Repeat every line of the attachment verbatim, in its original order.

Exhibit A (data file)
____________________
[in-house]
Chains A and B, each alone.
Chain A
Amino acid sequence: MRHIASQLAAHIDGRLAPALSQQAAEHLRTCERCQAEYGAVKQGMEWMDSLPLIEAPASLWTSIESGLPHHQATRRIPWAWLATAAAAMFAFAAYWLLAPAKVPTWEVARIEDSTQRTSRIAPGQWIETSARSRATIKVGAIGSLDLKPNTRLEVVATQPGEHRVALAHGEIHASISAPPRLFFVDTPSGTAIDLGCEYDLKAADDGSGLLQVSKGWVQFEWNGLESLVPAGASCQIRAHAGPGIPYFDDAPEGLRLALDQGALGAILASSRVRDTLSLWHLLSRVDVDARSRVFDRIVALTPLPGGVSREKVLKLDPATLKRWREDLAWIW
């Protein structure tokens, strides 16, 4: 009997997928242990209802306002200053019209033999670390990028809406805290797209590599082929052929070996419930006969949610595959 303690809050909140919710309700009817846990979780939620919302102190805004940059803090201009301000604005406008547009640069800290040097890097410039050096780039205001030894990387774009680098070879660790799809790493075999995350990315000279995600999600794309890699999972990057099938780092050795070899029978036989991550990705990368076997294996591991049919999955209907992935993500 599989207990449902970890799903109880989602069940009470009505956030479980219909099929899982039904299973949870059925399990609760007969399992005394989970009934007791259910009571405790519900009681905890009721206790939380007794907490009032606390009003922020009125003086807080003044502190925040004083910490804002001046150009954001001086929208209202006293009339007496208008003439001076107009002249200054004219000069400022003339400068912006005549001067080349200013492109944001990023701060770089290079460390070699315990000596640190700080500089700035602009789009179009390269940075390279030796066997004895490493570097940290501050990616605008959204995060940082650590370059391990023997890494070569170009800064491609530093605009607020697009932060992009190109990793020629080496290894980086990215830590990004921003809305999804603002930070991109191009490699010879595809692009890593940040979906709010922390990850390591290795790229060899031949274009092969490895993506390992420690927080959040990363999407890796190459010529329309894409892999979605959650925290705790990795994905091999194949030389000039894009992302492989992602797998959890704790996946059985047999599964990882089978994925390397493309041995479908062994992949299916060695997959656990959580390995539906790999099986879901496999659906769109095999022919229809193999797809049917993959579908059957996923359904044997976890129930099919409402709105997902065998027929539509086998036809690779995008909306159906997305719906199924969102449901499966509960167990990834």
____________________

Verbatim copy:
[in-house]
Chains A and B, each alone.
Chain A
Amino acid sequence: MRHIASQLAAHIDGRLAPALSQQAAEHLRTCERCQAEYGAVKQGMEWMDSLPLIEAPASLWTSIESGLPHHQATRRIPWAWLATAAAAMFAFAAYWLLAPAKVPTWEVARIEDSTQRTSRIAPGQWIETSARSRATIKVGAIGSLDLKPNTRLEVVATQPGEHRVALAHGEIHASISAPPRLFFVDTPSGTAIDLGCEYDLKAADDGSGLLQVSKGWVQFEWNGLESLVPAGASCQIRAHAGPGIPYFDDAPEGLRLALDQGALGAILASSRVRDTLSLWHLLSRVDVDARSRVFDRIVALTPLPGGVSREKVLKLDPATLKRWREDLAWIW
């Protein structure tokens, strides 16, 4: 009997997928242990209802306002200053019209033999670390990028809406805290797209590599082929052929070996419930006969949610595959 303690809050909140919710309700009817846990979780939620919302102190805004940059803090201009301000604005406008547009640069800290040097890097410039050096780039205001030894990387774009680098070879660790799809790493075999995350990315000279995600999600794309890699999972990057099938780092050795070899029978036989991550990705990368076997294996591991049919999955209907992935993500 599989207990449902970890799903109880989602069940009470009505956030479980219909099929899982039904299973949870059925399990609760007969399992005394989970009934007791259910009571405790519900009681905890009721206790939380007794907490009032606390009003922020009125003086807080003044502190925040004083910490804002001046150009954001001086929208209202006293009339007496208008003439001076107009002249200054004219000069400022003339400068912006005549001067080349200013492109944001990023701060770089290079460390070699315990000596640190700080500089700035602009789009179009390269940075390279030796066997004895490493570097940290501050990616605008959204995060940082650590370059391990023997890494070569170009800064491609530093605009607020697009932060992009190109990793020629080496290894980086990215830590990004921003809305999804603002930070991109191009490699010879595809692009890593940040979906709010922390990850390591290795790229060899031949274009092969490895993506390992420690927080959040990363999407890796190459010529329309894409892999979605959650925290705790990795994905091999194949030389000039894009992302492989992602797998959890704790996946059985047999599964990882089978994925390397493309041995479908062994992949299916060695997959656990959580390995539906790999099986879901496999659906769109095999022919229809193999797809049917993959579908059957996923359904044997976890129930099919409402709105997902065998027929539509086998036809690779995008909306159906997305719906199924969102449901499966509960167990990834």